Studies west of the White Nile have shown that these salinity hazards at El Rawakeeb are caused by a localized hydrogeological basin (Muse, 1973). Other areas further west and south do not have this problem. The application of nitrogenous fertilizer or the cultivation of leguminous crops are essential to ensure adequate crop growth with irrigation if commercial agriculture is pursued.

The process of soil formation under these semi-arid conditions starts with the weathering of the Nubian Sandstone and the aeolian deposits. Low precipitation limits the development of soil horizons. The soil's red colour results from the oxidation of Fe minerals, and high temperatures contribute to the lack of organic matter. The high chrome in these soils does not necessarily indicate maturity: erosion by wind and heavy storm rains have often resulted in truncated and compacted subsoils. Table 2.6 summarizes the physical and chemical properties of these soils.

TABLE 2.4a. Lithosols: physical properties (profile 24: north of Jebel Surubit)

Percentages Colour
Stoniness CS FS VFS Silt Clay LOI MC
0-10 0.95 9.51 40.08 37.26 6.80 6.35 1.51 0.75 6 yr 5/6
10-25 12.29 10.81 30.23 32.25 14.15 13.19 2.49 1.15 5 yr4/6
25-35 45.20 11.40 14.86 15.64 20.14 37.96 6.36 3.12 5yr3/6

TABLE 2.4b. Lithosols: chemical properties Iprofile 24: north of Jebel Surubit)

Percentages Exchangeable cations me/100 gm
0-10 7.71 0.06 0.06 0.60 1.03 0.16 0.06 19.06 19.28
10-25 7.70 0.03 0.06 0.48 0.83 0.10 0.08 19.85 20.03
25-35 7.77 0.06 0.06 0.46 0.79 0.11 0.13 26.96 27.20

Land Capability Classification

An attempt is made to classify the delineated land units into land capability classes using the data from their respective representative profiles. The factors used in the classification are those pertaining to the soils and topography. Water availability, road access, cost, and marketing factors are not considered, so that this classification is strictly pedological.

The classification is arranged in a descending order of suitability for agriculture. Six classes are recognized, with Class 1 having the fewest physical or chemical limitations (fig. 2.3).

The Classes

Class 1. Very Little Limitation

These are lands with insignificant limitations. In this category are included only the vertisols of the White Nile alluvium and some of the fluvisols in the vicinity of the White Nile. They are excellent for agricultural purposes if properly managed. Salinity is the only hazard, and might rate them in some places lower than Class 1.

Class 2. Little Limitation

These are lands with minor but significant limitations, often of water availability, susceptibility to erosion, and undulating topography. Wadi alluvial soils (flovisols) come into this category. The limitations are mainly physical rather than pedological. If water could be raised to implement irrigation in these areas then some parts would raise their rating. Their potential fertility is sometimes better than the vertisols.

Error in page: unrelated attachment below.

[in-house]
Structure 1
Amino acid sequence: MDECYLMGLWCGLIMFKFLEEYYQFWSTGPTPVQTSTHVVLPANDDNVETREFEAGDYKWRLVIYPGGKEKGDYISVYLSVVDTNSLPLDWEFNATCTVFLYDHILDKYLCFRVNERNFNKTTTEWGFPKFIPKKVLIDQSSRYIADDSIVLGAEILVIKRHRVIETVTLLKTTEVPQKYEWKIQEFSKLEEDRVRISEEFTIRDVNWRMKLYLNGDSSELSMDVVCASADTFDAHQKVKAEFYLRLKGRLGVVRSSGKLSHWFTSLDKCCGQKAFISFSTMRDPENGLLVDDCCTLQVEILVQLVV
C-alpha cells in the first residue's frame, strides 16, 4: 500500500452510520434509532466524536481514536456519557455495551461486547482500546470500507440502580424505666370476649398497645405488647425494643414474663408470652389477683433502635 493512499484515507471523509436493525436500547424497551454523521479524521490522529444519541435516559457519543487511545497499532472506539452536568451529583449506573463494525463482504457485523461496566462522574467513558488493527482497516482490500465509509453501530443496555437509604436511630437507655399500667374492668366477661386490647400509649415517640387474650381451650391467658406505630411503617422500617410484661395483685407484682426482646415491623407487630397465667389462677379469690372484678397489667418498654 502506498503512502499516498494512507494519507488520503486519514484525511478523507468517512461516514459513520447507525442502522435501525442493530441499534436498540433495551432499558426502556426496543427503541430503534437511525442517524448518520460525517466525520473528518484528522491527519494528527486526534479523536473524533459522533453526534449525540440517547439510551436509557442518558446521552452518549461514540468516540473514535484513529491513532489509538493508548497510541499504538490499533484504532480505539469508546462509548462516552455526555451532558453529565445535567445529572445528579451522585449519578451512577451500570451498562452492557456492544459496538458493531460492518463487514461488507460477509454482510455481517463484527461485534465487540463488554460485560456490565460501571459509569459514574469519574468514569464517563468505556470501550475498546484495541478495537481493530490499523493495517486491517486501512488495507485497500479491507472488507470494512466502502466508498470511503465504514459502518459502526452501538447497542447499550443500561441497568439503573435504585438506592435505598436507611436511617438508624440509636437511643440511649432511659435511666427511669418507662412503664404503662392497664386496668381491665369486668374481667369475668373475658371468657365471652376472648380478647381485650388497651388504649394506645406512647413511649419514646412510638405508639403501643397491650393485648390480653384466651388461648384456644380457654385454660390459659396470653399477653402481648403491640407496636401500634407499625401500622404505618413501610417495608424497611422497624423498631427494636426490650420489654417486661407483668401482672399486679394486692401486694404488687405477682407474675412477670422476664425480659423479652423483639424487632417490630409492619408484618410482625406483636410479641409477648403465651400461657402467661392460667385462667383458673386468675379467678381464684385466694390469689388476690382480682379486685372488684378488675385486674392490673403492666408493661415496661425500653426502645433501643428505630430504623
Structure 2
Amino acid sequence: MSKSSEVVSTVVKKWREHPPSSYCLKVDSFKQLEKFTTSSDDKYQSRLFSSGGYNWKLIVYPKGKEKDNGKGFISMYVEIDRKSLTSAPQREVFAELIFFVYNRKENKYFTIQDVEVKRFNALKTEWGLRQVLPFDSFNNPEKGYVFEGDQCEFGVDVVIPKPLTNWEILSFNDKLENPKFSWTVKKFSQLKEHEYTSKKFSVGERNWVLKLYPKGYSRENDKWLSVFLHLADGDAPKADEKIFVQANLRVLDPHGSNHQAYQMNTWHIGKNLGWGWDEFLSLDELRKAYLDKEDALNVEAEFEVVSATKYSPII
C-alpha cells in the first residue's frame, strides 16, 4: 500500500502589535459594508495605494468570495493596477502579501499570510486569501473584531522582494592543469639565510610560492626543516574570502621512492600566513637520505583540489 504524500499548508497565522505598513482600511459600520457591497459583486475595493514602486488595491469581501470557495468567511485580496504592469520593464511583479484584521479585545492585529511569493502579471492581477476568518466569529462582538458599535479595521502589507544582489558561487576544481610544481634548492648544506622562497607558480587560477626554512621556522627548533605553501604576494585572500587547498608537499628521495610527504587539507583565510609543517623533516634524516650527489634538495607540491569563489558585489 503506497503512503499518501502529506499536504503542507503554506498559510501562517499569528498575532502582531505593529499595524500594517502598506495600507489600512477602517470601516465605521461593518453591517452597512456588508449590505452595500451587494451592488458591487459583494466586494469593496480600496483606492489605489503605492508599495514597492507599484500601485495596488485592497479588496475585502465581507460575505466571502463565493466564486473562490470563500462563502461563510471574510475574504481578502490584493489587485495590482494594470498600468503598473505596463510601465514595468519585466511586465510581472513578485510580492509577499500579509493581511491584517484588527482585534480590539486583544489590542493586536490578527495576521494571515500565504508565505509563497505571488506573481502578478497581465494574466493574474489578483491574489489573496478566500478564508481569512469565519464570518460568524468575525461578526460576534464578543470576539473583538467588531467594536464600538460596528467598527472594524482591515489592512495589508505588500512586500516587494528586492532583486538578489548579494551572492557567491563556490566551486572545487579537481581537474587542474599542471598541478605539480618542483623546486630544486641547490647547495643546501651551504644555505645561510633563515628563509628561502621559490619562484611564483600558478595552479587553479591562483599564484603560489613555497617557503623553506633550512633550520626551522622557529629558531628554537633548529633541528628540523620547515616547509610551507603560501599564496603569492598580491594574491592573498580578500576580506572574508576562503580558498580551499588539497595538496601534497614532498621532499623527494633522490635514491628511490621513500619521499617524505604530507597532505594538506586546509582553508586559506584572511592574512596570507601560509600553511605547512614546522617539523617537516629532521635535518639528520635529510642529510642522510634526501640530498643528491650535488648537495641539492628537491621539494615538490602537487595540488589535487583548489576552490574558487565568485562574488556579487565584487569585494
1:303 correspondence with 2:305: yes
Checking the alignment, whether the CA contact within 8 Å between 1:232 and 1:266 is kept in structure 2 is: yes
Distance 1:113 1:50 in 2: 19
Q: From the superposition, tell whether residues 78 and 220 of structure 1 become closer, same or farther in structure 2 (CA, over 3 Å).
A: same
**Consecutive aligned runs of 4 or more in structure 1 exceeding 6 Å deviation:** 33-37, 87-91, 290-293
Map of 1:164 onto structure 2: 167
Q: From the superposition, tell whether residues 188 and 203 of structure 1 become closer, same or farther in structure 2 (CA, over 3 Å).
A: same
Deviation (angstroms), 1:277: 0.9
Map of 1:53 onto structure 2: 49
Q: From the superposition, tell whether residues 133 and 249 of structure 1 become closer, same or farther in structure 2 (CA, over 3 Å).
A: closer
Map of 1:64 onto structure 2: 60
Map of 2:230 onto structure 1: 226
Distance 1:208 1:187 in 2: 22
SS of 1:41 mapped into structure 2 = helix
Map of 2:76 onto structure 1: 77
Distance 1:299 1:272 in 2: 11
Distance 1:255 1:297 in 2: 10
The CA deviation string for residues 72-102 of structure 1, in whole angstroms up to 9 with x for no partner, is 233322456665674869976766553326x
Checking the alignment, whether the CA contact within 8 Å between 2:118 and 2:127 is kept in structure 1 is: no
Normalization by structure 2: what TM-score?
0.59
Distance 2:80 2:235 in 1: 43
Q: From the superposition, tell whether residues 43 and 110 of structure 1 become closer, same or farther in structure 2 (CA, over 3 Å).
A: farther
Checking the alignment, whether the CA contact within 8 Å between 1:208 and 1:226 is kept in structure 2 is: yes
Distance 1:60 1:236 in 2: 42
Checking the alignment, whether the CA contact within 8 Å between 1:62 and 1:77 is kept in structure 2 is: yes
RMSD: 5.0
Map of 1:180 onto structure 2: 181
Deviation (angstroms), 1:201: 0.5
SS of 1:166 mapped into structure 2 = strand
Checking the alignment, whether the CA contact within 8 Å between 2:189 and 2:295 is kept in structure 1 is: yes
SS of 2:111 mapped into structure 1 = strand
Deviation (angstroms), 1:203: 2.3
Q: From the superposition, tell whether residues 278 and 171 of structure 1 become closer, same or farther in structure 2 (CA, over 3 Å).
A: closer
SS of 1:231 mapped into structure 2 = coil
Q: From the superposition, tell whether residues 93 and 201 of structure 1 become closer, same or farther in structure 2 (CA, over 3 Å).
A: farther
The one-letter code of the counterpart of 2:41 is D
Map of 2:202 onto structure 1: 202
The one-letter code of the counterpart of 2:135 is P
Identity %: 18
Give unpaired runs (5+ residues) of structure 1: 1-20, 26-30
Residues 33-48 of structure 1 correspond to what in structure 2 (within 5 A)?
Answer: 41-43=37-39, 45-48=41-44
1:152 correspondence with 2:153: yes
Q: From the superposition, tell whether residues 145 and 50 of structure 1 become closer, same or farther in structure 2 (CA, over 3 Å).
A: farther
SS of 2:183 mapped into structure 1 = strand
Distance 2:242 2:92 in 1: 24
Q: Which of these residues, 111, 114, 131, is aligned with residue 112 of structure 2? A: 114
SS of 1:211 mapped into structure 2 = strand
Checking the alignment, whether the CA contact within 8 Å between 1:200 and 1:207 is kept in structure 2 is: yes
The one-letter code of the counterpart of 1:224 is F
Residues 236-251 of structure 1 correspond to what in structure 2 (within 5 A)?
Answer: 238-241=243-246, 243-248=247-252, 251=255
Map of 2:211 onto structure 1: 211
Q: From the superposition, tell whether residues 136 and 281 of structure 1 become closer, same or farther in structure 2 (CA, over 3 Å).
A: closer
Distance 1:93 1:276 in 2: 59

Class 3. Moderate Limitation

This class comprises land of moderate agricultural potential The soils are vulnerable to nutrient deficiencies, wind and water erosion, or sand burial. Groundwater is the suggested means of irrigation if fertilizers can be used. The salinity hazard from the groundwater is another limitation, but with careful selection of fresher aquifers this can be overcome. Recently the UNDP, in collaboration with the Sudan Ministry of Agriculture, Food and Natural Resources, has introduced jojoba, an important oil-seed of great economic potential value, which has done well on these soils.

Class 4. Moderate to Severe Limitation (Dune Soils)

These are the dune soils with low agricultural potential. They are deficient in mineral and organic nutrients. Intense evaporation and very fast infiltration coupled with the unreliable precipitation might put them into a lower class still, especially in the northern part, except for the fact that they are good for millet cultivation and rough grazing. Lack of water for domestic and animal use is often a handicap for development in these areas.

Class 5. Severe Limitation

These are soils with weak development and shallow depth (regosols and lithosols), lacking in fertility, moisture, and good physical properties. They are too stony to support more than a little vegetation suitable for rough grazing.

TABLE 2.5a. Fluvisols: physical properties [profile 13: Wadi Abu Heliefi)

Percentages Colour
Stoniness CS FS VFS Silt Clay LOI MC
0-20 3.96 15.36 22.81 18.06 18.62 25.16 4.60 3.94 10yr3/3
20-35 8.16 17.46 25.24 18.23 14.56 24.51 4.66 3.80 10yr3/3
35-75 7.43 15.81 24.88 18.56 14.73 26.03 5.43 3.81 10yr4/3